Work Trials

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The applicant should be paid at least the minimum wage.

Author: Polly Davies
Published:
Reading time: 2 minutes

This article is 5 years old.

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You want to employ the best person you can and after some impressive interviews you may wish to assess your candidate’s technical and specialist skills in the workshop, bodyshop, shopfloor or office.

You may want to see an example of your potential new recruit’s talents, an example of their paint spraying abilities or office and customer care skills and to do this you may ask your applicants to take part in ‘work trial’ or do a ‘trial shift’ in your workplace.  You may see this part of your recruitment procedure and interviewing process, but you must take care not to be exploitative.

If part of your evaluation process is unpaid trials, you must ensure that:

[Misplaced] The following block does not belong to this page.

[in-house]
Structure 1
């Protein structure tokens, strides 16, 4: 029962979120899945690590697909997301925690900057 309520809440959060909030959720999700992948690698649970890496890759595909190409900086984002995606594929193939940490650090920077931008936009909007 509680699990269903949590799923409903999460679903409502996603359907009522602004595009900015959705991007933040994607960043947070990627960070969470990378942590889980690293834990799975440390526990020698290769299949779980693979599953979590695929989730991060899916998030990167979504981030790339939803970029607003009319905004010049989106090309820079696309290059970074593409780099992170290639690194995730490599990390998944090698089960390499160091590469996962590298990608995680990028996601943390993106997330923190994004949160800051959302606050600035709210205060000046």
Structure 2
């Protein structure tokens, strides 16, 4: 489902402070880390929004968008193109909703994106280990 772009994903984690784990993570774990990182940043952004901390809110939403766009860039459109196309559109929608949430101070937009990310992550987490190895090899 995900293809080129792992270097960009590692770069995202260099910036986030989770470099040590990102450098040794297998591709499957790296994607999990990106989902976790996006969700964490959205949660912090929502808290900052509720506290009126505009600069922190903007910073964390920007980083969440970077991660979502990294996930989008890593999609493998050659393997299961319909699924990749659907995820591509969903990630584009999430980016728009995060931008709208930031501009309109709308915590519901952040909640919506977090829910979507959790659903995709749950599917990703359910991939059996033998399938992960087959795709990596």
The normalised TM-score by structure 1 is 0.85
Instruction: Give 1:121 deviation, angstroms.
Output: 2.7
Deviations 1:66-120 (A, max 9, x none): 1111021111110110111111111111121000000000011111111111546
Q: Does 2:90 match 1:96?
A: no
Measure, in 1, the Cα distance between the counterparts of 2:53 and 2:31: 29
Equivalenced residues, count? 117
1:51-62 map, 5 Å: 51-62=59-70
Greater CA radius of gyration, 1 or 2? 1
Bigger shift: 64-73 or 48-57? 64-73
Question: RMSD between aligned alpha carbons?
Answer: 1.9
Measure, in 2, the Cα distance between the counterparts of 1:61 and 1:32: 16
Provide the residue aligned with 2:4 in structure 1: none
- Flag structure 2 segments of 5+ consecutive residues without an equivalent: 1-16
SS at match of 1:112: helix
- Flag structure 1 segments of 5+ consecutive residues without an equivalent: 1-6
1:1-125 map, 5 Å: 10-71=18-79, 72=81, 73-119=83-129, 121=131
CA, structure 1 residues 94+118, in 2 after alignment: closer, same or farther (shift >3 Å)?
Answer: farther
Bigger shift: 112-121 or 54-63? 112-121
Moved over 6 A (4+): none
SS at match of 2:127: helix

·         it involves no more than a demonstration of the person’s skills, where they are directly relevant to a vacant position

·         it’s only for as long as needed to demonstrate the skills required for the job and could range from an hour to one shift

·         the person is under supervision for the entire trial.

·         ensure there is no discrimination in that all applicants are given the same opportunity.

If the work carried out by the applicant is used in the course of your business and is anything other than a demonstration of skills, then it could be deemed that the applicant has been ‘employed’ to do the task or shift and has therefore provided a service for which the applicant should be paid at least the minimum wage.

Polly Davies

Legal Advisor

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